#72: 6’6 ’27 Josh Leonard (Wilson)
Continuing onto a player who is clearly tracking as one of the top prospects in the country, Josh Leonard. He’s a skilled, intelligent wing/forward prospect who possesses size, athleticism, and an all-around identity. Leonard is incredibly poised, especially for his age, and already sees the game well beyond the vast majority of players. He’s a smooth offensive player who stands out as a passer, creator, and polished scoring threat from all levels. Leonard can run the offense or move without the ball and pose a threat. He’s adaptable enough to produce in several different roles. On the other end, Leonard already highlights excellent instincts as a defender and rebounder, and is comfortable guarding multiple positions. He truly doesn’t possess any weaknesses. Next in his development process is simply staying the course and continuing to put in the necessary work to maintain his status as an elite-level prospect. Coach Harris on Leonard: “Josh is a monster. Capable of doing everything on the court. Mature kid who approaches the game like a veteran. Excited to watch his growth.” Leonard was undeniably impressive at camp, securing the MVP Award, and should continue on his notable trajectory over the foreseeable future.
#73: 6’3 ’24 Markell Hollis (Gaffney)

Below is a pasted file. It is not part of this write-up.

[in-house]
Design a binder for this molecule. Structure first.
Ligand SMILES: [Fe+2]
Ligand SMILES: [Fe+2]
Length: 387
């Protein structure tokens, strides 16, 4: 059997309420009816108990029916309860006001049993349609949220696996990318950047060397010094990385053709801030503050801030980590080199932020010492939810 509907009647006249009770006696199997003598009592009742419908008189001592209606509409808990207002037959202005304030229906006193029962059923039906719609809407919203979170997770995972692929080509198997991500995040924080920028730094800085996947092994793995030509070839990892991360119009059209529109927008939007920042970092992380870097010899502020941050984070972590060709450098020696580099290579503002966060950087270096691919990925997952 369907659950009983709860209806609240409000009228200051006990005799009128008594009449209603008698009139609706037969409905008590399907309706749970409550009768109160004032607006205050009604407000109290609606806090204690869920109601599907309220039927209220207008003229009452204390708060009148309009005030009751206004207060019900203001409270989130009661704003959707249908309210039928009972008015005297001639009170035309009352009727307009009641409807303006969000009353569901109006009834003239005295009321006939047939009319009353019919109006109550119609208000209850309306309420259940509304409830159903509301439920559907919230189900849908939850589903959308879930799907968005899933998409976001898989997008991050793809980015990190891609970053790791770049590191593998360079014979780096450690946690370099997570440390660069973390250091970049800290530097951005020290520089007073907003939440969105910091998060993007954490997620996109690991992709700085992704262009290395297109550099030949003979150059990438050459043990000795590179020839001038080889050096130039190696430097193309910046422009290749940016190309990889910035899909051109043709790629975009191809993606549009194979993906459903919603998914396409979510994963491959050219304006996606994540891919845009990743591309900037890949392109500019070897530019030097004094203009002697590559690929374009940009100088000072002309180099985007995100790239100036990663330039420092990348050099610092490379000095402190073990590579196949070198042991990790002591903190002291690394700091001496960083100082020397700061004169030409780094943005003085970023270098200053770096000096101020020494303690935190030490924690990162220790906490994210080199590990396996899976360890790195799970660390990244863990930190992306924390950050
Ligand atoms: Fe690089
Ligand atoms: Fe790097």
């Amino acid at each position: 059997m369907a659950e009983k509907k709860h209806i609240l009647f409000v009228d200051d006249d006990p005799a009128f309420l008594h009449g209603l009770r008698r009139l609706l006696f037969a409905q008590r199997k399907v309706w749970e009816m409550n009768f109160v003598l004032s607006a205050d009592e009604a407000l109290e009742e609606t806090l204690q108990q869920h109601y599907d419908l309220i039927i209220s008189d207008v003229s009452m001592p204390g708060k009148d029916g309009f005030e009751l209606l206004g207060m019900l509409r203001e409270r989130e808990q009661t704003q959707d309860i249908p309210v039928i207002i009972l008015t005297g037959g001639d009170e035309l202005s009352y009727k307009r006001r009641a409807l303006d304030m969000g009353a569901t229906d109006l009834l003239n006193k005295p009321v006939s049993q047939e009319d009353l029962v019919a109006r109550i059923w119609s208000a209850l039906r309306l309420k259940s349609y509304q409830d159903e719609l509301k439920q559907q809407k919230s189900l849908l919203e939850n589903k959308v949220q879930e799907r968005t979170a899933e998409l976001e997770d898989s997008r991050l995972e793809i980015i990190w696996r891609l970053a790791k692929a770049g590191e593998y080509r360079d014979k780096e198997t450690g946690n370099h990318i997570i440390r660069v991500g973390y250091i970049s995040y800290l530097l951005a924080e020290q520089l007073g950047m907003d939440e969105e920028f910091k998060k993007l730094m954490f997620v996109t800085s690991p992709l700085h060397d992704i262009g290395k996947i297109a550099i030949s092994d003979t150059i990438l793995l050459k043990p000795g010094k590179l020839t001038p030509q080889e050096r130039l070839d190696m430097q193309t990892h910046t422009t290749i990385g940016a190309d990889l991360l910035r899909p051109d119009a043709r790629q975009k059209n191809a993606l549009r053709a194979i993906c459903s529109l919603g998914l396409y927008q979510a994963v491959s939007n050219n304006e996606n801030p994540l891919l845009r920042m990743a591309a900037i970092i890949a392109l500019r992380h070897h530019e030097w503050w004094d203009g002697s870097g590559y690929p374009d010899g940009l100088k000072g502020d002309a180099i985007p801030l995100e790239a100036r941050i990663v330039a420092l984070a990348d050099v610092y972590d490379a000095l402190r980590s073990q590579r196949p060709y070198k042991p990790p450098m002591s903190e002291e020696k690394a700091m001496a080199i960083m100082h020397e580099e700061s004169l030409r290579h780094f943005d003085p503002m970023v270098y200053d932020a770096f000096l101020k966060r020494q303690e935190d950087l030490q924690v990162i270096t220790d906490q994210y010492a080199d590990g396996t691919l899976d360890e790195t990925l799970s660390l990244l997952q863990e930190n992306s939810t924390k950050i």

Finishing up, we look at a player who showcased a polished array of skills, Markell Hollis. He’s a long, wiry, skilled wing prospect with nice size and three-level scoring instincts. Hollis displayed the ability to create clean looks off the bounce, knock down jumpers, and find success with or without the ball in his hands. He’s a capable playmaker who looks to make the extra pass whenever available. Hollis contained his assignment well defensively and secured rebounds at a solid rate. Next in his development process is working on his rebounding presence, as he has the tools to be a difference-maker on the glass. Coach Harris on Hollis: “Markell was an offensive force today. He can score the ball from anywhere on the floor. Very skilled guy with a lot of potential. I would like to see him lead and be more vocal.” Hollis enjoyed a strong showing during his time at camp and should be a target for various types of college coaches over the coming months.